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Sustainable Elements of the Project

We kept most of the existing plants and added hundreds more. As time goes by, we will continue to add more plants because our designer can't help herself, but here is a pretty good list of the new plants.


The pathway is constructed from decomposed granite. It is a permeable surface, allowing water to percolate through to the aquifers below. This reduces runoff into the street, the river and into our ocean. The pathway is also ADA compliant.


All plantings are low water use plants that are suited to our Mediterranean climate. Many of the plants are California natives:

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The irrigation system has been completely overhauled to incorporate the latest innovation in water-conserving technology. The plants nearest the street receive water from a subsurface drip irrigation system manufactured by Netafim.

The plants in the middle and closer to the wall are watered by overhead spray. The spray heads can be adjusted to the contours of the path and the terrain. These nozzles rotate while emitting multiple streams of water at about one third the rate of traditional spray heads, thus allowing the soil to more efficiently absorb the applied water. Unlike traditional spray heads, the water is not blown by the wind. The MP rotator nozzle can be adjusted to the contours of the path and the terrain. They are designed for even water distribution for maximum plant health and minimal water waste.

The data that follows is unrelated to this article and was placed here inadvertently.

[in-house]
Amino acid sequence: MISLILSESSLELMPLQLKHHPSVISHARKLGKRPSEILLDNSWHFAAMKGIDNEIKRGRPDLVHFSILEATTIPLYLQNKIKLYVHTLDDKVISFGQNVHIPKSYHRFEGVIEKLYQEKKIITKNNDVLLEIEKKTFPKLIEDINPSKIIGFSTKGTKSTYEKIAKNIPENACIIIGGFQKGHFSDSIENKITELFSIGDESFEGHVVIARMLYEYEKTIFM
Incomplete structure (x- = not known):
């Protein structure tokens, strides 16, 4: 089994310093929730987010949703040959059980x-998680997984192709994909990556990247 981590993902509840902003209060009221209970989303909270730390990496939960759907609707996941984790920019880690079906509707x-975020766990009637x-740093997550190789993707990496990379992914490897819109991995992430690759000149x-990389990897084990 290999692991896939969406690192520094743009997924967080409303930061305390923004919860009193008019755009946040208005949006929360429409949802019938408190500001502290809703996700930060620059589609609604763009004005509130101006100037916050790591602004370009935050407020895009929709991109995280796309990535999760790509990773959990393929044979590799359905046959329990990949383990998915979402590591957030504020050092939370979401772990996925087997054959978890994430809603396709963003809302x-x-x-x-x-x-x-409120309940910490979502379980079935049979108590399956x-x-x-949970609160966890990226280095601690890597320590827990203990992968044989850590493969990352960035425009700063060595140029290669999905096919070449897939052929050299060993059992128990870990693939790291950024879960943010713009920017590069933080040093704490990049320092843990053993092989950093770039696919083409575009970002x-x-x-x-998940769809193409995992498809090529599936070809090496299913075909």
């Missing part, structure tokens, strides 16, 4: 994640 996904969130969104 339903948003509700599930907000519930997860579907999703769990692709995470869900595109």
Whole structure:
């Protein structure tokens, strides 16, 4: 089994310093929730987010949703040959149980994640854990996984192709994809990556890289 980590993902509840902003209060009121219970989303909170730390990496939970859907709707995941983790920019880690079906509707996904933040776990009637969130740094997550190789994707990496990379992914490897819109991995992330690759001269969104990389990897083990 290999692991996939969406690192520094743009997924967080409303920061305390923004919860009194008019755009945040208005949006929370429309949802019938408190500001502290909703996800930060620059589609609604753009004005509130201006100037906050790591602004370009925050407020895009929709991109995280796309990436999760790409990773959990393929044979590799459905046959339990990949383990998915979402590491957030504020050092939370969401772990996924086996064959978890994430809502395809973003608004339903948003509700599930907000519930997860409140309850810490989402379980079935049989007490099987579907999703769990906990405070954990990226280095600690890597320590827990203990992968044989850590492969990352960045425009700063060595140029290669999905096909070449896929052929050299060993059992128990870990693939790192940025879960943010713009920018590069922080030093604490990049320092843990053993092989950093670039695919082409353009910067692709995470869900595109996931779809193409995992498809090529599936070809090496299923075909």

Retaining wall
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The retaining wall is at the same time functional, sustainable and artistic. It serves to hold back the berm that existed before the pathway was created. It is constructed using locally excavated stones and old studio lights from the CBS Studio Center lot. These lights have lit up some of the most famous names in show business. Even though these lights, manufactured by Mole-Richardson Co., are over fifty years old, they are still made the same way today.

The wall was truly a collaborative effort. Francesca Corra was thinking of some creative way to construct the wall, something that would tie in the artistic aspect of the project and/or CBS. When CBS President and SCBA boardmember Michael Klausman was asked if there were any old objects on the lot that could be used to form a wall, he thought of the surplus of old lights. When construction began, Karl Johnson was on site to help with the creative process. Superior workmanship and a creative spirit came from the team of landscape contractors from Terra Form Landscape Company, Inc, owned by Philip Castiglia.